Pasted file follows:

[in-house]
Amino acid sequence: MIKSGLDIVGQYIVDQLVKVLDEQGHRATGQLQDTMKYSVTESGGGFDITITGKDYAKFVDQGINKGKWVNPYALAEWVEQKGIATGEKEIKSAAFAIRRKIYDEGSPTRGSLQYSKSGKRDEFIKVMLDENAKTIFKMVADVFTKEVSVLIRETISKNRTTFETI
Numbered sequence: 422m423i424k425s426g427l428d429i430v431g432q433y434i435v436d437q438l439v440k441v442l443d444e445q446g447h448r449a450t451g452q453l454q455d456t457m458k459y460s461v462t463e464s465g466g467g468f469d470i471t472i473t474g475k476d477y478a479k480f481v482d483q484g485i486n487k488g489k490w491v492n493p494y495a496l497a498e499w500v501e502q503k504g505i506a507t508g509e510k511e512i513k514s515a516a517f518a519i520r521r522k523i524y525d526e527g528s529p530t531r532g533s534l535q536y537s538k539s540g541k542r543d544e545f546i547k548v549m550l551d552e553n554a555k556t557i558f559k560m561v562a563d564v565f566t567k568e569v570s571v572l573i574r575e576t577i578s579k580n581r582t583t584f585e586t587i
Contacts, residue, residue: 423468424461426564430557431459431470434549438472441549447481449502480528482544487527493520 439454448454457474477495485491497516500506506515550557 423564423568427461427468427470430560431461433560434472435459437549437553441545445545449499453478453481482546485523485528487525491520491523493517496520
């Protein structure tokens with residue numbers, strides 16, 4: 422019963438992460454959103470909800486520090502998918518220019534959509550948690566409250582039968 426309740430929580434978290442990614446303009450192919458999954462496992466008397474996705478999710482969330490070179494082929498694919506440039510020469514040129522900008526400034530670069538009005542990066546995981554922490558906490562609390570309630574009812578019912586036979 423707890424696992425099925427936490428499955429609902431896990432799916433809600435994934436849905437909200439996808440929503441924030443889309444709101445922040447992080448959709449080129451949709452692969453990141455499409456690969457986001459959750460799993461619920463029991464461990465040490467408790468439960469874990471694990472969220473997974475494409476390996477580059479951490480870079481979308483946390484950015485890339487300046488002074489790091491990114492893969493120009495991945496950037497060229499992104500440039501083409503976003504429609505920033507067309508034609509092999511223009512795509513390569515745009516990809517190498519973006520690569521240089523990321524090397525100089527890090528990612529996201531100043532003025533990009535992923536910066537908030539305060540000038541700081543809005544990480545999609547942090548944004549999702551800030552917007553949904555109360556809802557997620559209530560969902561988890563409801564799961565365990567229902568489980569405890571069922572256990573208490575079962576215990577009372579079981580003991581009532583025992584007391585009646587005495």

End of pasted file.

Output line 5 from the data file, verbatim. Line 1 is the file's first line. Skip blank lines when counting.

């Protein structure tokens with residue numbers, strides 16, 4: 422019963438992460454959103470909800486520090502998918518220019534959509550948690566409250582039968 426309740430929580434978290442990614446303009450192919458999954462496992466008397474996705478999710482969330490070179494082929498694919506440039510020469514040129522900008526400034530670069538009005542990066546995981554922490558906490562609390570309630574009812578019912586036979 423707890424696992425099925427936490428499955429609902431896990432799916433809600435994934436849905437909200439996808440929503441924030443889309444709101445922040447992080448959709449080129451949709452692969453990141455499409456690969457986001459959750460799993461619920463029991464461990465040490467408790468439960469874990471694990472969220473997974475494409476390996477580059479951490480870079481979308483946390484950015485890339487300046488002074489790091491990114492893969493120009495991945496950037497060229499992104500440039501083409503976003504429609505920033507067309508034609509092999511223009512795509513390569515745009516990809517190498519973006520690569521240089523990321524090397525100089527890090528990612529996201531100043532003025533990009535992923536910066537908030539305060540000038541700081543809005544990480545999609547942090548944004549999702551800030552917007553949904555109360556809802557997620559209530560969902561988890563409801564799961565365990567229902568489980569405890571069922572256990573208490575079962576215990577009372579079981580003991581009532583025992584007391585009646587005495």